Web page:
The Confederation of Indian Industry (CII) and the Society of Indian Automobile Manufacturers (SIAM) have urged the Union government to hold wider consultations with the automotive value chain, including the adjacent industry stakeholders that involve renewable energy — power, battery and minerals among others — before finalizing the goals and deadlines for the adoption of electric vehicles in India.
CII has called for a three-pronged strategy for industry-wide talks that must involve correct goal setting, a technology agnostic approach and consumer affordability.
"Constructive disruptions driven by market forces coupled with enabling policies is the kernel of any innovation and we are hopeful that the same is adopted as India readies itself for the advent of new technologies in mobility, including electric vehicles (EVs). It is important to set the goals right and work towards them as we look at fuel efficiencies and choices for future mobility solutions. The processes of how we get there should be driven by market and industry, to get the best results for the nation," Vikram Kirloskar. President. CII. said in an official statement.
On the other hand, Rajan Wadhera, president, SIAM cautioned, “The automotive industry fully supports an ambitious aspiration of the Niti Aayog in bringing electric mobility as soon as possible. India is an aspiring nation and keen not only to catch up with the world but to go beyond in the field of EVs. However, the ambition needs to be tempered with a practical approach and what is possible without needlessly disrupting the automotive industry."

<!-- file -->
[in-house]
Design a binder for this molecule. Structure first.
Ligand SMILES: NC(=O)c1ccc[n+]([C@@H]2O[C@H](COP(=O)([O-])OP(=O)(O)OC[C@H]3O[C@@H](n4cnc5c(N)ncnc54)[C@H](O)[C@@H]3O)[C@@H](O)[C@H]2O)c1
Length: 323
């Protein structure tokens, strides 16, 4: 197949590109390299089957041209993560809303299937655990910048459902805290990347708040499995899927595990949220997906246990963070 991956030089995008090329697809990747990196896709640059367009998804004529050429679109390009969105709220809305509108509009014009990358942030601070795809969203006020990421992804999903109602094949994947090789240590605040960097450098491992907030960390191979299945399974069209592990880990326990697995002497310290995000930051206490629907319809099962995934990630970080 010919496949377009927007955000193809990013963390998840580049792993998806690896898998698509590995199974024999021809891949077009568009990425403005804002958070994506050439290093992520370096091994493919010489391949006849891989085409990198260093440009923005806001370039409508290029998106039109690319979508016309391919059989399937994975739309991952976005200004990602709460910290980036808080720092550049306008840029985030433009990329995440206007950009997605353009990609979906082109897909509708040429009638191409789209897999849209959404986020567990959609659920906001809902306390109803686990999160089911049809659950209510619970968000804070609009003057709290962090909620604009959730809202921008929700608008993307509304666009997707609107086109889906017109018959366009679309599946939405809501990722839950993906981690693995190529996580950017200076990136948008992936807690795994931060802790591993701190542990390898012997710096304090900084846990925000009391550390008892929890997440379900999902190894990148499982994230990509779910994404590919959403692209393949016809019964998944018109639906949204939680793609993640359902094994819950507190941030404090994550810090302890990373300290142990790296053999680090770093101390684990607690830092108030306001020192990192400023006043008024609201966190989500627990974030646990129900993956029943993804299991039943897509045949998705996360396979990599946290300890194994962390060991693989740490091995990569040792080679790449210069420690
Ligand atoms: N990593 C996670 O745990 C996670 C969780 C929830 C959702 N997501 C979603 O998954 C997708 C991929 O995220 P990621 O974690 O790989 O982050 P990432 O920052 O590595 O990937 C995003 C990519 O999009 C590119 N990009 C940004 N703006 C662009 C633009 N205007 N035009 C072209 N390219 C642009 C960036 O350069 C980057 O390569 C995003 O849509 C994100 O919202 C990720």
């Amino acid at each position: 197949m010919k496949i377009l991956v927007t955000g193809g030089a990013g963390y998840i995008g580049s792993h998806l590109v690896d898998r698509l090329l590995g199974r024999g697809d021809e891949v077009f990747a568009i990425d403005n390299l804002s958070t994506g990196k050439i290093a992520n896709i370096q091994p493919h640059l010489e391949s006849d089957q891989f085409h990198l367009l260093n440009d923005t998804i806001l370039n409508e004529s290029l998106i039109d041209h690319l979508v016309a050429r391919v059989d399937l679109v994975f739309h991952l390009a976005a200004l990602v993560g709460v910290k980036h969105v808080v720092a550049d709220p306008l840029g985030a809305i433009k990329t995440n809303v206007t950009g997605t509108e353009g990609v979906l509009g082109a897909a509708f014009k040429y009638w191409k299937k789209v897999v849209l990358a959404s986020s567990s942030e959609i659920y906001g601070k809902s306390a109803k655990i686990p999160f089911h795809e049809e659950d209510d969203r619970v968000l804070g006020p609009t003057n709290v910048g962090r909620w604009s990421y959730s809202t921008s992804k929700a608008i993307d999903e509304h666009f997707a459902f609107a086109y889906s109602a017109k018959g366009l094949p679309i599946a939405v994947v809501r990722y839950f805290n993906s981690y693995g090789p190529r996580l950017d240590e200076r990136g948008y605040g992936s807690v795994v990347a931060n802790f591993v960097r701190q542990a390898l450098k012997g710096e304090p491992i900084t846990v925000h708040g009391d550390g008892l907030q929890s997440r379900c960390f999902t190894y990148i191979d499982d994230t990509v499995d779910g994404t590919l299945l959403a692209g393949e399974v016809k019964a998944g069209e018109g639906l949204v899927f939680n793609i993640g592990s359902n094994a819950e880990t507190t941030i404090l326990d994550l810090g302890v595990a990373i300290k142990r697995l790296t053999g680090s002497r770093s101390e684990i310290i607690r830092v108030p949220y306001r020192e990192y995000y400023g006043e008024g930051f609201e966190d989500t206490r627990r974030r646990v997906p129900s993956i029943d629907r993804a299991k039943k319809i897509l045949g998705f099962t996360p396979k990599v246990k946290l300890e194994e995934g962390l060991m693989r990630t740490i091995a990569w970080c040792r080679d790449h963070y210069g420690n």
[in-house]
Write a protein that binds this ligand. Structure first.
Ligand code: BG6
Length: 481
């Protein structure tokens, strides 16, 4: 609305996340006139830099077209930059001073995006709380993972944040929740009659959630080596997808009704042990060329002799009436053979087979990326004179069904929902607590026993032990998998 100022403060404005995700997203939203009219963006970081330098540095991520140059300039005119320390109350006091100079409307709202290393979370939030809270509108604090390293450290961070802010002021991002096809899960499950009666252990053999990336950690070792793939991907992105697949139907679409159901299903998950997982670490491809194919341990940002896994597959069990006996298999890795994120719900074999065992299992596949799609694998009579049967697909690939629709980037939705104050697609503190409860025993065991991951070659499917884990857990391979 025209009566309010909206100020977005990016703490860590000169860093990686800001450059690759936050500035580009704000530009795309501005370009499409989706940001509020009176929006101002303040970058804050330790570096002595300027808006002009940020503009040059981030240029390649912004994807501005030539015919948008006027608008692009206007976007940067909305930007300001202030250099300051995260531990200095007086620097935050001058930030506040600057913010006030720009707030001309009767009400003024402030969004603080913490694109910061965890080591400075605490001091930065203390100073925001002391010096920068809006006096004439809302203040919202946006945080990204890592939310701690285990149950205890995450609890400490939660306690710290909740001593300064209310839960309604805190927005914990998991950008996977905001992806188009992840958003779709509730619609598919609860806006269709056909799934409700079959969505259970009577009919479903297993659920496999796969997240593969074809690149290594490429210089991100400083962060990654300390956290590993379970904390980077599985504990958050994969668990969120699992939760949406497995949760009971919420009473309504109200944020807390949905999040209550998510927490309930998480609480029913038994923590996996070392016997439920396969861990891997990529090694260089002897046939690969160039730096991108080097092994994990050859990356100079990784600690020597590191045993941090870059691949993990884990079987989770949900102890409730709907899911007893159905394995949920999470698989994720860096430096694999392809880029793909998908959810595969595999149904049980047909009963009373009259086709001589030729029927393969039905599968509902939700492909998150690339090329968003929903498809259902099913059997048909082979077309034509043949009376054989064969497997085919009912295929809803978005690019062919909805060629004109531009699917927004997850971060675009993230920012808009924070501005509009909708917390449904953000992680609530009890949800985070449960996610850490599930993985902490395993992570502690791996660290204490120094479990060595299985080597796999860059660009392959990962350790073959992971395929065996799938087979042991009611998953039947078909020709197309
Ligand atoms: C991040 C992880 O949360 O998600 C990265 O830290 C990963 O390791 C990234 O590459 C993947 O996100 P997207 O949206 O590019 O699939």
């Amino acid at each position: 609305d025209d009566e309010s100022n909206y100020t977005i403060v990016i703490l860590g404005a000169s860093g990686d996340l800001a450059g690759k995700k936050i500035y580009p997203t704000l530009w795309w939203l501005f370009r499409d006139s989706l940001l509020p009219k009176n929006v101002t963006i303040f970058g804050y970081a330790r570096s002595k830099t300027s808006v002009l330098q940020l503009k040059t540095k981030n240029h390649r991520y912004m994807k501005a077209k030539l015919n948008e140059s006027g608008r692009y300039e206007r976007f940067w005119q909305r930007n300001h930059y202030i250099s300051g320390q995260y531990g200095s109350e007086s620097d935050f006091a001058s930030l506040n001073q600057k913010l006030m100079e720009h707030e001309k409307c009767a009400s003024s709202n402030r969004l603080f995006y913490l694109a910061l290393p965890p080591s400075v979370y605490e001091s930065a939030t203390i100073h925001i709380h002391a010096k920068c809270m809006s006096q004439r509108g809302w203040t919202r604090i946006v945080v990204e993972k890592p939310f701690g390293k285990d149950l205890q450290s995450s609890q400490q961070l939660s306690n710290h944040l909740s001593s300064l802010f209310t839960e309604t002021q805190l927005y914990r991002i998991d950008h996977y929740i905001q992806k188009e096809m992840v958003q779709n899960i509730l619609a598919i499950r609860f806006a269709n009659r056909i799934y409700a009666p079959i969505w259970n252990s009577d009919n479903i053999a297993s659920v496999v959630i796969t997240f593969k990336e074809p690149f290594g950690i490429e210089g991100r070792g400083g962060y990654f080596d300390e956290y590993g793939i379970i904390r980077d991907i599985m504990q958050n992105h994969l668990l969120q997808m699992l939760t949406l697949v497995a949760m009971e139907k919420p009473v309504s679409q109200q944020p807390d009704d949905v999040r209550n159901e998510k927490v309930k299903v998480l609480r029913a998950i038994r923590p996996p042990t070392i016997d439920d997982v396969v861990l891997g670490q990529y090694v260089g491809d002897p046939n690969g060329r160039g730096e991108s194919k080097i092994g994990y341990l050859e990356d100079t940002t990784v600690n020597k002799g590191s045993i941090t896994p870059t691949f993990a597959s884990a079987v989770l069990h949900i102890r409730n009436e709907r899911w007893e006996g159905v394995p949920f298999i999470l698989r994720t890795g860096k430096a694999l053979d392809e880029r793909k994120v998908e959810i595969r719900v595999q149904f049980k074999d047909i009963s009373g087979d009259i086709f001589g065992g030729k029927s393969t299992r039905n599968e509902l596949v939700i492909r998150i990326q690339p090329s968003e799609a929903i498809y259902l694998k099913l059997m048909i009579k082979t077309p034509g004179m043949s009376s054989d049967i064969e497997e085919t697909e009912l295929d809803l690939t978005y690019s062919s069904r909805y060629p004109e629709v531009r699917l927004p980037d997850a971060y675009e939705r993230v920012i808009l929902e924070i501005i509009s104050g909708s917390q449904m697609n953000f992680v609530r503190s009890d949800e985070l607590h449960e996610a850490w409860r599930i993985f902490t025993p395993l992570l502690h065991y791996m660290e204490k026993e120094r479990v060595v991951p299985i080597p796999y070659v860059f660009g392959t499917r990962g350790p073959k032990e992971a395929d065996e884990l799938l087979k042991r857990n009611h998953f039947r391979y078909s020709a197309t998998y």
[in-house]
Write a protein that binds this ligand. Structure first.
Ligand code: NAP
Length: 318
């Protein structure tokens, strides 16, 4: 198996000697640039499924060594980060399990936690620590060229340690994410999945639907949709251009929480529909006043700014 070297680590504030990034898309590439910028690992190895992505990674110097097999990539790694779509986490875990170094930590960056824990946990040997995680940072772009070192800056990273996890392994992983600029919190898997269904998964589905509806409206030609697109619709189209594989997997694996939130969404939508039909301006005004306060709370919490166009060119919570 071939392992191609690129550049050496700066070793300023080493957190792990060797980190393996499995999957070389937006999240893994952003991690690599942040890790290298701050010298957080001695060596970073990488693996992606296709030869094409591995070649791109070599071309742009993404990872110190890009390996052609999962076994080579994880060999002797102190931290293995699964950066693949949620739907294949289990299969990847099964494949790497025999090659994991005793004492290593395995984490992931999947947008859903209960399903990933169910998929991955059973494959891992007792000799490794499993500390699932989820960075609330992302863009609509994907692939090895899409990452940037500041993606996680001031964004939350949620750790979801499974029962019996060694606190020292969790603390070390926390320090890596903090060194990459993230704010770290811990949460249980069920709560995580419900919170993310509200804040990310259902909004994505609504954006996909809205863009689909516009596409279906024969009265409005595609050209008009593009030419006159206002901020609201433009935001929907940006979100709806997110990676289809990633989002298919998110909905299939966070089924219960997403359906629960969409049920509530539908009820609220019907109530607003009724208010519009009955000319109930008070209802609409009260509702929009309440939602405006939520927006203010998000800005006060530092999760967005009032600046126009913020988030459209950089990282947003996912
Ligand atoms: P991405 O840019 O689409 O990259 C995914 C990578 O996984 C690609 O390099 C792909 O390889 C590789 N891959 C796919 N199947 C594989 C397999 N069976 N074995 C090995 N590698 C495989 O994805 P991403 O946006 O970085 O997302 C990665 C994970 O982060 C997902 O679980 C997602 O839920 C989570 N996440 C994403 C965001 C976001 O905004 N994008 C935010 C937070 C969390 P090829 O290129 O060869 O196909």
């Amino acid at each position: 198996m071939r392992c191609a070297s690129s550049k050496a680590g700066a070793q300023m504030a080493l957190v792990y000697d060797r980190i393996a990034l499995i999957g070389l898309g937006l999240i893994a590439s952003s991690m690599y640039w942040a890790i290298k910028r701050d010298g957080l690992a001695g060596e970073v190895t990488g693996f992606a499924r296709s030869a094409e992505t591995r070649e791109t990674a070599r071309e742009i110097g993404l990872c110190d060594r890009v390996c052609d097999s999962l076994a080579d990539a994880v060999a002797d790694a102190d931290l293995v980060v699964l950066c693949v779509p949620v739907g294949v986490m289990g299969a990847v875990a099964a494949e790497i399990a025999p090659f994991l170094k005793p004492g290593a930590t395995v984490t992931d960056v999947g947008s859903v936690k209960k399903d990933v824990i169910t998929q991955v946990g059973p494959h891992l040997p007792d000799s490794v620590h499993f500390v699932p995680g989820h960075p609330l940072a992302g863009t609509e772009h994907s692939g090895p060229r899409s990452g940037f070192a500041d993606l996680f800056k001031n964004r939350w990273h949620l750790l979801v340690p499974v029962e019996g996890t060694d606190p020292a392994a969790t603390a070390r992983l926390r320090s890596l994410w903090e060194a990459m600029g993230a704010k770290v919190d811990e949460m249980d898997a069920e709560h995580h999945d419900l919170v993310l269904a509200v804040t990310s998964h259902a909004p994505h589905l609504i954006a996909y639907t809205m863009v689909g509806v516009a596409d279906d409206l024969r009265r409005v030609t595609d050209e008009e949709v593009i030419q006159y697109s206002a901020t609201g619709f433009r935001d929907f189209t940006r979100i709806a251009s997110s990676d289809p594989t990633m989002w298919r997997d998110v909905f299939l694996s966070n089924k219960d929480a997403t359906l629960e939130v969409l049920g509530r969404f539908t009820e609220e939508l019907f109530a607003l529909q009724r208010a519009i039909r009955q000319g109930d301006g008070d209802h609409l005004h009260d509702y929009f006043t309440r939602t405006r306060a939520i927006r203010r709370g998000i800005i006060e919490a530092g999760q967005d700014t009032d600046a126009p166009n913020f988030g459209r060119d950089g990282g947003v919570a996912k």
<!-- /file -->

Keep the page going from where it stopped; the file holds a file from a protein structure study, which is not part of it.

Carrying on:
In March 2019, cabinet had approved the Niti Aayog-led National Mission on Transformation Mobility and Battery Storage, which charts the need to create a phased manufacturing programme (PMP) for 5 years (until 2024) to support setting up of large scale battery and cell manufacturing plants in India for EVs. The mission will also jot down a 5-year PMP for localization of EVs and EV components in India.
According to a government document, the steering committee on the same will be comprised of the secretaries from the Ministry of Road Transport and Highways, Ministry of Power, Ministry of New and Renewable Energy, Department of Science and Technology, Department of Heavy Industry, Department for Promotion of Industry and Internal Trade, and Director-General, Bureau of Industrial Standards.
Meanwhile, CII says it too has engaged with the stakeholders from associated industries like renewable electricity and power, battery makers and auto manufacturers to draw up recommendations on its three-pronged strategy for EV adoption in India. It applauds the government for its bold and ambitious targets set in the recent past, such as the goal to set up 175 GW in renewables by 2022.
Urging the government to take a technology-agnostic approach while underlining the challenge of importing raw materials for battery production in India, the CII president said, “It will be constructive to allow multiple technologies as long as they are fuel efficient and meet standards of safety and quality."
The SIAM president pointed out that while the auto industry has made investment of about ₹70,000-80,000 crore in complying with the BSVI emission norms, the government is proposing to ban the sales of petrol three-wheelers by 2023 and sales of less than 150cc two-wheelers by 2025, according to the media reports citing government sources.
“This seems to be impractical as well as untimely," said Wadhera.
According to SIAM, the auto industry’s turnover is close to half of the manufacturing GDP, supports 37 million jobs and contributes 11% of the GST revenues of the country.
“What is required is a well laid out roadmap for an ambitious EV rollout over a practical time frame along with an integrated plan for setting up the necessary infrastructure across the length and breadth of the country, in consultation with all stakeholders," suggested Wadhera.